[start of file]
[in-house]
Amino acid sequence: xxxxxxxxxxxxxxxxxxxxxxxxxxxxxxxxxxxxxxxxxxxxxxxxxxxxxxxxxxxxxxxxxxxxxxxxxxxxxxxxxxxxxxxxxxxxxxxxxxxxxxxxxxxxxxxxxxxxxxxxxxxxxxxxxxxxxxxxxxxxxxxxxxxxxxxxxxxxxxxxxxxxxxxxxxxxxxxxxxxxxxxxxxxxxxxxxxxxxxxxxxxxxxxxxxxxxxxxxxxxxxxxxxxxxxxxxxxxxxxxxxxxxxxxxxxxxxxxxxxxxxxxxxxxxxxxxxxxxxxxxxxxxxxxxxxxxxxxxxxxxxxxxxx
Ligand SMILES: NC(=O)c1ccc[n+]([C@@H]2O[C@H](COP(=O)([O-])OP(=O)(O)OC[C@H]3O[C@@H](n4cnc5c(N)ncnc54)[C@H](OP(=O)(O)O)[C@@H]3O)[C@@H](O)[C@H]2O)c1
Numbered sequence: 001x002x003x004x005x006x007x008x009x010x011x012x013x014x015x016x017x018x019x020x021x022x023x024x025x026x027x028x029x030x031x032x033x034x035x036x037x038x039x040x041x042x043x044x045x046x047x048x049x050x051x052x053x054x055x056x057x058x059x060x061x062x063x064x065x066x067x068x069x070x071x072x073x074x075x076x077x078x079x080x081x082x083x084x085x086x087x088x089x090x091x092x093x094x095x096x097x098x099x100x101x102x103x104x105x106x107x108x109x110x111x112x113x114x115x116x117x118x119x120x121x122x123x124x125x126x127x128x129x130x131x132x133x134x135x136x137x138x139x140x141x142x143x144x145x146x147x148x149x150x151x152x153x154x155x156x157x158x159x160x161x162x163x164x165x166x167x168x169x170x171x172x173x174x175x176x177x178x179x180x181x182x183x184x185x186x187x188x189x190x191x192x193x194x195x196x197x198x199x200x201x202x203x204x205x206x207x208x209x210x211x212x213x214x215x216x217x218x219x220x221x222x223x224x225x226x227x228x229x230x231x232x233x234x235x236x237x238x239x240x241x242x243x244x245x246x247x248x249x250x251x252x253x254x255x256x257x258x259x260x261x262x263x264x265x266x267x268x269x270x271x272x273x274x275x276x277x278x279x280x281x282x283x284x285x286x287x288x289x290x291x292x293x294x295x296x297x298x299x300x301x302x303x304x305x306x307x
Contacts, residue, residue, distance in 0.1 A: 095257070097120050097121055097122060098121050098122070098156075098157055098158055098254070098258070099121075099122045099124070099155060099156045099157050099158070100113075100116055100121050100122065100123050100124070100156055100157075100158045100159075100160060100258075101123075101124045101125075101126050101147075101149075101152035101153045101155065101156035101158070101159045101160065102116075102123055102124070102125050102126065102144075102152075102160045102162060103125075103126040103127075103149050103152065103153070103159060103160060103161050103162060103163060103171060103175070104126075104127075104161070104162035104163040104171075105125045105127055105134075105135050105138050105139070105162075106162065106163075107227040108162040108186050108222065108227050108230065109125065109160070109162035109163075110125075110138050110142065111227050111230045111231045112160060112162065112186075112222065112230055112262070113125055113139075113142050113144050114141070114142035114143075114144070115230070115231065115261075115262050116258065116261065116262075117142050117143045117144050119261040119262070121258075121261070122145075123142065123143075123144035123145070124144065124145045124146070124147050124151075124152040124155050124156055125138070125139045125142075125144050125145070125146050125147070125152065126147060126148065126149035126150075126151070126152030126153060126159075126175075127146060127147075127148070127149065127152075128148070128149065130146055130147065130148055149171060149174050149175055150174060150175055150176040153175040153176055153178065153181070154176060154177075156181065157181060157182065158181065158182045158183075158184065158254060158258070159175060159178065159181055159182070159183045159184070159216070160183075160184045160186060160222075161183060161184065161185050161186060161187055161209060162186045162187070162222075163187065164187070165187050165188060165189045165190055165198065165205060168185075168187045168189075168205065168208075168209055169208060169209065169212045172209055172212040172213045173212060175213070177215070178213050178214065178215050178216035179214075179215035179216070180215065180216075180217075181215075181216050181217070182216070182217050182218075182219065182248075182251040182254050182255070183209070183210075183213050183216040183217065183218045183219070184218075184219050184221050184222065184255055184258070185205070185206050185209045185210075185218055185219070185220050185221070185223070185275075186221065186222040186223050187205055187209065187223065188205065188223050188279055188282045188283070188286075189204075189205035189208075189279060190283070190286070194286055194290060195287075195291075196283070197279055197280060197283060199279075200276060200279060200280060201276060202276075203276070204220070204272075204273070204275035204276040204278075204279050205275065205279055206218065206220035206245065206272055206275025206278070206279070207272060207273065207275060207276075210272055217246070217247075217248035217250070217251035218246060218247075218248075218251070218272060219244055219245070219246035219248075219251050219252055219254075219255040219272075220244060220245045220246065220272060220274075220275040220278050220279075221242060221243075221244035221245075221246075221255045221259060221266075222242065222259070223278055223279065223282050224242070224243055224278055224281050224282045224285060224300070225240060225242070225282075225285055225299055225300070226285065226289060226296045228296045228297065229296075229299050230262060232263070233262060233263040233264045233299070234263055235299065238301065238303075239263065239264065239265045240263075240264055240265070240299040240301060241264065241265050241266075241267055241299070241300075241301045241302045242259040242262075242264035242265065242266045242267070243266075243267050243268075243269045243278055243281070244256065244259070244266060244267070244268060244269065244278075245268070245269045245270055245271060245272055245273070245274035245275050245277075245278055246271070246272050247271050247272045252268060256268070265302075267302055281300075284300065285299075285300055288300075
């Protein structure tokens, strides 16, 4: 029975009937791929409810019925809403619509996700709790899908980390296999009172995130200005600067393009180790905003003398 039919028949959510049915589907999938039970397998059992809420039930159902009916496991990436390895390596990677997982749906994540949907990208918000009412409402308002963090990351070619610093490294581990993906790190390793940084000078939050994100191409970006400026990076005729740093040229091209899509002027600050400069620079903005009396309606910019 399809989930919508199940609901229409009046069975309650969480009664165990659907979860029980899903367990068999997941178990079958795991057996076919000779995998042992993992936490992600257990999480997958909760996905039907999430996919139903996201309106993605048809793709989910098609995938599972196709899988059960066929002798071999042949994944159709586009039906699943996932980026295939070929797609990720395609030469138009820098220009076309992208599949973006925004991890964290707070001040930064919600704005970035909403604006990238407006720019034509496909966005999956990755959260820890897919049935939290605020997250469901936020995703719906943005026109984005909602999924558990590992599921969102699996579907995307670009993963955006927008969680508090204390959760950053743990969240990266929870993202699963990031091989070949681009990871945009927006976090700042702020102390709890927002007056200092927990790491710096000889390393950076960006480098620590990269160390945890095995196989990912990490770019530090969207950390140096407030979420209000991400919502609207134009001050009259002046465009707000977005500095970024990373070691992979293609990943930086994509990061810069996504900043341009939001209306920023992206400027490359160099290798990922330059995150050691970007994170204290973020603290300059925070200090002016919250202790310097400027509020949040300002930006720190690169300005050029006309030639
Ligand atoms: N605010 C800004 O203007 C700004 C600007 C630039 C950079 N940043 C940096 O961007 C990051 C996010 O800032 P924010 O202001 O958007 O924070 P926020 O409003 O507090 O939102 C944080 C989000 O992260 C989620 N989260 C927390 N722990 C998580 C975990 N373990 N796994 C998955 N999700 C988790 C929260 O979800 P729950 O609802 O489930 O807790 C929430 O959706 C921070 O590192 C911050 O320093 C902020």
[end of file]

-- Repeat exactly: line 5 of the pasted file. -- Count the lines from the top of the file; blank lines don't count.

Contacts, residue, residue, distance in 0.1 A: 095257070097120050097121055097122060098121050098122070098156075098157055098158055098254070098258070099121075099122045099124070099155060099156045099157050099158070100113075100116055100121050100122065100123050100124070100156055100157075100158045100159075100160060100258075101123075101124045101125075101126050101147075101149075101152035101153045101155065101156035101158070101159045101160065102116075102123055102124070102125050102126065102144075102152075102160045102162060103125075103126040103127075103149050103152065103153070103159060103160060103161050103162060103163060103171060103175070104126075104127075104161070104162035104163040104171075105125045105127055105134075105135050105138050105139070105162075106162065106163075107227040108162040108186050108222065108227050108230065109125065109160070109162035109163075110125075110138050110142065111227050111230045111231045112160060112162065112186075112222065112230055112262070113125055113139075113142050113144050114141070114142035114143075114144070115230070115231065115261075115262050116258065116261065116262075117142050117143045117144050119261040119262070121258075121261070122145075123142065123143075123144035123145070124144065124145045124146070124147050124151075124152040124155050124156055125138070125139045125142075125144050125145070125146050125147070125152065126147060126148065126149035126150075126151070126152030126153060126159075126175075127146060127147075127148070127149065127152075128148070128149065130146055130147065130148055149171060149174050149175055150174060150175055150176040153175040153176055153178065153181070154176060154177075156181065157181060157182065158181065158182045158183075158184065158254060158258070159175060159178065159181055159182070159183045159184070159216070160183075160184045160186060160222075161183060161184065161185050161186060161187055161209060162186045162187070162222075163187065164187070165187050165188060165189045165190055165198065165205060168185075168187045168189075168205065168208075168209055169208060169209065169212045172209055172212040172213045173212060175213070177215070178213050178214065178215050178216035179214075179215035179216070180215065180216075180217075181215075181216050181217070182216070182217050182218075182219065182248075182251040182254050182255070183209070183210075183213050183216040183217065183218045183219070184218075184219050184221050184222065184255055184258070185205070185206050185209045185210075185218055185219070185220050185221070185223070185275075186221065186222040186223050187205055187209065187223065188205065188223050188279055188282045188283070188286075189204075189205035189208075189279060190283070190286070194286055194290060195287075195291075196283070197279055197280060197283060199279075200276060200279060200280060201276060202276075203276070204220070204272075204273070204275035204276040204278075204279050205275065205279055206218065206220035206245065206272055206275025206278070206279070207272060207273065207275060207276075210272055217246070217247075217248035217250070217251035218246060218247075218248075218251070218272060219244055219245070219246035219248075219251050219252055219254075219255040219272075220244060220245045220246065220272060220274075220275040220278050220279075221242060221243075221244035221245075221246075221255045221259060221266075222242065222259070223278055223279065223282050224242070224243055224278055224281050224282045224285060224300070225240060225242070225282075225285055225299055225300070226285065226289060226296045228296045228297065229296075229299050230262060232263070233262060233263040233264045233299070234263055235299065238301065238303075239263065239264065239265045240263075240264055240265070240299040240301060241264065241265050241266075241267055241299070241300075241301045241302045242259040242262075242264035242265065242266045242267070243266075243267050243268075243269045243278055243281070244256065244259070244266060244267070244268060244269065244278075245268070245269045245270055245271060245272055245273070245274035245275050245277075245278055246271070246272050247271050247272045252268060256268070265302075267302055281300075284300065285299075285300055288300075